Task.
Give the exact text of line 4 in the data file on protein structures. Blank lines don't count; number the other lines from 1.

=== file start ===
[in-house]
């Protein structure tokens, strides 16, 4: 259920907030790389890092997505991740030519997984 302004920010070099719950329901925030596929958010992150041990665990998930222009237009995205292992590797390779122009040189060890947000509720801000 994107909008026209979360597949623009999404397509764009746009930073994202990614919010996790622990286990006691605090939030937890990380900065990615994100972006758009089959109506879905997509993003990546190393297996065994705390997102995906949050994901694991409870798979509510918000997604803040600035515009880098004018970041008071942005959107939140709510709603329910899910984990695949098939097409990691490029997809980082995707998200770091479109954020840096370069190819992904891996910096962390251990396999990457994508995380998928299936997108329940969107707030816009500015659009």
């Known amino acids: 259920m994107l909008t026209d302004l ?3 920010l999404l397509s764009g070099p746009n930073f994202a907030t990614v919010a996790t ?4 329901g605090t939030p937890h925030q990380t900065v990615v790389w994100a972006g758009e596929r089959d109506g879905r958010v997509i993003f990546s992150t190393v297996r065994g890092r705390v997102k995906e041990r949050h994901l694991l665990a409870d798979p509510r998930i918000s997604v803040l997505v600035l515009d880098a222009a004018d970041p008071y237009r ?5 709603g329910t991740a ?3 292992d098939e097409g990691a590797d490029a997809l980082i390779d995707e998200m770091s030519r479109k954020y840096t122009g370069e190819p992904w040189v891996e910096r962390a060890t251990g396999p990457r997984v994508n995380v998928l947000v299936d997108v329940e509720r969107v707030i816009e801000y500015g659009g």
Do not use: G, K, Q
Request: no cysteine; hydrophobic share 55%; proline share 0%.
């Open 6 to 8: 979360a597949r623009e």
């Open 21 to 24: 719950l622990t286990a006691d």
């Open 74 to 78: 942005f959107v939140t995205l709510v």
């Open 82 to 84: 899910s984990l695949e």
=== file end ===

Do not use: G, K, Q